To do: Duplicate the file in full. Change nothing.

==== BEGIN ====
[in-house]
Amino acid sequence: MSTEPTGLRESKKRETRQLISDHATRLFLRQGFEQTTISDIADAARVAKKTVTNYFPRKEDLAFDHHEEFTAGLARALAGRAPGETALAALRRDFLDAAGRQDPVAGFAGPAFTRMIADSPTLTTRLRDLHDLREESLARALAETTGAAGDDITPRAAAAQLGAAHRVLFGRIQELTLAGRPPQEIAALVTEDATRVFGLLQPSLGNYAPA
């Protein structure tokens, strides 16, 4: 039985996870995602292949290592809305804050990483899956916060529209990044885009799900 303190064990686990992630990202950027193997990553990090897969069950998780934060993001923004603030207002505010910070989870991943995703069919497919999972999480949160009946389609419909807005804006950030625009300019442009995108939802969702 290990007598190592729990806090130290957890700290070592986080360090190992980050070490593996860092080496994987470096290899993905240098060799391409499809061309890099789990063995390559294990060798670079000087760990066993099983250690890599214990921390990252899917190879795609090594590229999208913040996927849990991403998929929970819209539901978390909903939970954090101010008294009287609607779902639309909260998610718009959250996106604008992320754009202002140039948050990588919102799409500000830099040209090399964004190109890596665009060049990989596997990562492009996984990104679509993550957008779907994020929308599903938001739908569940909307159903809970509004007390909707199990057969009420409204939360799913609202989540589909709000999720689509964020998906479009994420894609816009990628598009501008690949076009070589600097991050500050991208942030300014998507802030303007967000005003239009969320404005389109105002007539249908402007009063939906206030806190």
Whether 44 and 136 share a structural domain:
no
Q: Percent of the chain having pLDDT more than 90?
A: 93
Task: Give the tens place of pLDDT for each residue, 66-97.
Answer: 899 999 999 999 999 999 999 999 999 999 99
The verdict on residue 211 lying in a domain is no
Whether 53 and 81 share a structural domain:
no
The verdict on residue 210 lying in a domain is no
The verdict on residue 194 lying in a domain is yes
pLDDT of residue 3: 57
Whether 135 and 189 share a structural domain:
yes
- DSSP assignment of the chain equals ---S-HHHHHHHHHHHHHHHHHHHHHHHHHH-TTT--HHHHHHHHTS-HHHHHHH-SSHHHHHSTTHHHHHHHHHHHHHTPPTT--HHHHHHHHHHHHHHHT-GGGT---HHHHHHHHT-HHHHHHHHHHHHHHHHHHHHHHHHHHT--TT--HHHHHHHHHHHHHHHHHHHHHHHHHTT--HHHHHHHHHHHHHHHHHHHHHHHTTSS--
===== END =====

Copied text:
[in-house]
Amino acid sequence: MSTEPTGLRESKKRETRQLISDHATRLFLRQGFEQTTISDIADAARVAKKTVTNYFPRKEDLAFDHHEEFTAGLARALAGRAPGETALAALRRDFLDAAGRQDPVAGFAGPAFTRMIADSPTLTTRLRDLHDLREESLARALAETTGAAGDDITPRAAAAQLGAAHRVLFGRIQELTLAGRPPQEIAALVTEDATRVFGLLQPSLGNYAPA
């Protein structure tokens, strides 16, 4: 039985996870995602292949290592809305804050990483899956916060529209990044885009799900 303190064990686990992630990202950027193997990553990090897969069950998780934060993001923004603030207002505010910070989870991943995703069919497919999972999480949160009946389609419909807005804006950030625009300019442009995108939802969702 290990007598190592729990806090130290957890700290070592986080360090190992980050070490593996860092080496994987470096290899993905240098060799391409499809061309890099789990063995390559294990060798670079000087760990066993099983250690890599214990921390990252899917190879795609090594590229999208913040996927849990991403998929929970819209539901978390909903939970954090101010008294009287609607779902639309909260998610718009959250996106604008992320754009202002140039948050990588919102799409500000830099040209090399964004190109890596665009060049990989596997990562492009996984990104679509993550957008779907994020929308599903938001739908569940909307159903809970509004007390909707199990057969009420409204939360799913609202989540589909709000999720689509964020998906479009994420894609816009990628598009501008690949076009070589600097991050500050991208942030300014998507802030303007967000005003239009969320404005389109105002007539249908402007009063939906206030806190």
Whether 44 and 136 share a structural domain:
no
Q: Percent of the chain having pLDDT more than 90?
A: 93
Task: Give the tens place of pLDDT for each residue, 66-97.
Answer: 899 999 999 999 999 999 999 999 999 999 99
The verdict on residue 211 lying in a domain is no
Whether 53 and 81 share a structural domain:
no
The verdict on residue 210 lying in a domain is no
The verdict on residue 194 lying in a domain is yes
pLDDT of residue 3: 57
Whether 135 and 189 share a structural domain:
yes
- DSSP assignment of the chain equals ---S-HHHHHHHHHHHHHHHHHHHHHHHHHH-TTT--HHHHHHHHTS-HHHHHHH-SSHHHHHSTTHHHHHHHHHHHHHTPPTT--HHHHHHHHHHHHHHHT-GGGT---HHHHHHHHT-HHHHHHHHHHHHHHHHHHHHHHHHHHT--TT--HHHHHHHHHHHHHHHHHHHHHHHHHTT--HHHHHHHHHHHHHHHHHHHHHHHTTSS--